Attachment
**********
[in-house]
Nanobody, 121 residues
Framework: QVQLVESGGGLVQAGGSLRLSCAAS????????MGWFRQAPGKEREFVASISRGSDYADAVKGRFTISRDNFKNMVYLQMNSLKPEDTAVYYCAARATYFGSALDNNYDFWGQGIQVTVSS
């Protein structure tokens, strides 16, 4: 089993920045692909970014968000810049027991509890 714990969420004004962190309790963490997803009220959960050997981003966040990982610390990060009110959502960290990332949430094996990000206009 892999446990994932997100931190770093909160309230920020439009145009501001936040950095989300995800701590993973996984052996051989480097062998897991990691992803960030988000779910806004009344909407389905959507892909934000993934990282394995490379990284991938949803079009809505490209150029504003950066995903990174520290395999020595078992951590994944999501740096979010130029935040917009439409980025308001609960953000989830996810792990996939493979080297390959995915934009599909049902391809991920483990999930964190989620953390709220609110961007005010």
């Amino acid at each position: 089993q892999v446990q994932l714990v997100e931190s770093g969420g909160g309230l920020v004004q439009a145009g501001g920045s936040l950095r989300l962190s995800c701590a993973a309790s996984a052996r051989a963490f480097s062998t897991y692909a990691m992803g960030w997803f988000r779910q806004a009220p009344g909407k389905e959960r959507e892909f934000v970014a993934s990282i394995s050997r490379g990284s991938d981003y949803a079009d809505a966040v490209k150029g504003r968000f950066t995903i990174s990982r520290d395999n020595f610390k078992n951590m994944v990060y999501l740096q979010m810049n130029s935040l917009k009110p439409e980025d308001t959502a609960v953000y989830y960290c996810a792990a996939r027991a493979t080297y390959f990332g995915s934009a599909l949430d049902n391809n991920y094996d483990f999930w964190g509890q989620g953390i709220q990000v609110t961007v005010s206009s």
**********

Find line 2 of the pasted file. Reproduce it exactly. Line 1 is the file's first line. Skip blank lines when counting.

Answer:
Nanobody, 121 residues